"The [transfer] portal allows for a little more parity," said Wisconsin offensive coordinator Phil Longo. "The weaker teams are getting stronger. You're able to go find some better kids. The talent is being more evenly distributed between more teams. The whole RPO world has given offenses a major advantage over the years, and it's finally starting to catch up [on the defensive side]."
Two seasons after LSU won the national championship behind one of the best offenses in college football history, Georgia has restored order the past two seasons by claiming consecutive national championships with balanced offenses and dominating defenses. The Bulldogs haven't finished out of the top 17 in total defense since 2013, and it was coach Kirby Smart's generational defense in 2021 that turned the game around lately.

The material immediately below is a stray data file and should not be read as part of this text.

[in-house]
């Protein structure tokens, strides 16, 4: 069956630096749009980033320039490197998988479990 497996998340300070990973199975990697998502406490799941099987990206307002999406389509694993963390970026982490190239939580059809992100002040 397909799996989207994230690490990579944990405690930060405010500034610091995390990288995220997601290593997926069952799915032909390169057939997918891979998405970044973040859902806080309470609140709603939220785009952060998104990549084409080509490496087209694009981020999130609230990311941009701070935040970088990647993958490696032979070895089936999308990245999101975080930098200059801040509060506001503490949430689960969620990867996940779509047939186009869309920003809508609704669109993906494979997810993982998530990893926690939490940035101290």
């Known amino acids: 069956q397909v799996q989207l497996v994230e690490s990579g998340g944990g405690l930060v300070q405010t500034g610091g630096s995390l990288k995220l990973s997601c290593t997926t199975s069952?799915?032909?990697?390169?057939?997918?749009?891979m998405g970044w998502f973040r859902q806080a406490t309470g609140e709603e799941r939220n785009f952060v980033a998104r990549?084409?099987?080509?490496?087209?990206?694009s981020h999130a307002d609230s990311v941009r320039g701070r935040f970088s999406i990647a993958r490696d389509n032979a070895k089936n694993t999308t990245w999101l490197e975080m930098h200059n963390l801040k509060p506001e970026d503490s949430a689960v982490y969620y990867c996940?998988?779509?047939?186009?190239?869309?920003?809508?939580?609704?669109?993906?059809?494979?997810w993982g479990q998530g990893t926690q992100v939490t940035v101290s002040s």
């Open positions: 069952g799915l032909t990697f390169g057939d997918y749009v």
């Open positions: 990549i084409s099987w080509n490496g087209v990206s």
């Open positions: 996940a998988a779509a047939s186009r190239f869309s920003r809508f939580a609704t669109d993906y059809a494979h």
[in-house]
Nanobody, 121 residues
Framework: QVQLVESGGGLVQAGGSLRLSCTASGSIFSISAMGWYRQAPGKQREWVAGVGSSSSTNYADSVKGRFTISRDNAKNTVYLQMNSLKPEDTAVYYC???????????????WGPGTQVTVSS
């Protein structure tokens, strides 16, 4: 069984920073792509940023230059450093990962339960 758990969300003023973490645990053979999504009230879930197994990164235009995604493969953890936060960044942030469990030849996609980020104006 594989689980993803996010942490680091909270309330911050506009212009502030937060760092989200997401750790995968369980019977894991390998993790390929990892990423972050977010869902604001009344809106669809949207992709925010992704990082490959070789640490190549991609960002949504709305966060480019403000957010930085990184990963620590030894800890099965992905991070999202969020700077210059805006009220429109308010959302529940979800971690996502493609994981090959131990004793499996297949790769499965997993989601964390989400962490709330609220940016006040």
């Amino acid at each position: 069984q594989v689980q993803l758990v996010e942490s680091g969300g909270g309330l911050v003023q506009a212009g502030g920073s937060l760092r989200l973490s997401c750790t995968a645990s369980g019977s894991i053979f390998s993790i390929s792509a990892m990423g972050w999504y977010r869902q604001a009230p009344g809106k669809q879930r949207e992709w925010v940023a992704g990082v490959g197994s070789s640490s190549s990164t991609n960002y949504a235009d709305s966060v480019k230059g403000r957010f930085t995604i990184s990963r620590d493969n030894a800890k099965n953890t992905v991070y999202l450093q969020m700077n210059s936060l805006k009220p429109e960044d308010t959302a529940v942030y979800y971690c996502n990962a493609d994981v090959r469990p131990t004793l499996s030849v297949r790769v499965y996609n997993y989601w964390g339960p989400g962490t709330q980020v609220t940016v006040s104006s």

"I do know, at our place, we expand the brain," Smart said last month. "We stretch it and stretch it and stretch it. And then when you need to stretch it more in the game and change something, they have a comfort level with change."
Change, for now, means scoring is down slightly from that all-time high six years ago. It doesn't seem like much, but ask Ferentz and his degree of difficulty. Should Ferentz meet the mark in the contract on his own, going from 17.7 to 25.0 points per game in 2022 would mark a 41% increase. That's just performing at an average level. That's just to help save his job. If not, it's likely his dad won't be able to save him unless a few bounces go the defense's way.
Soaring through the air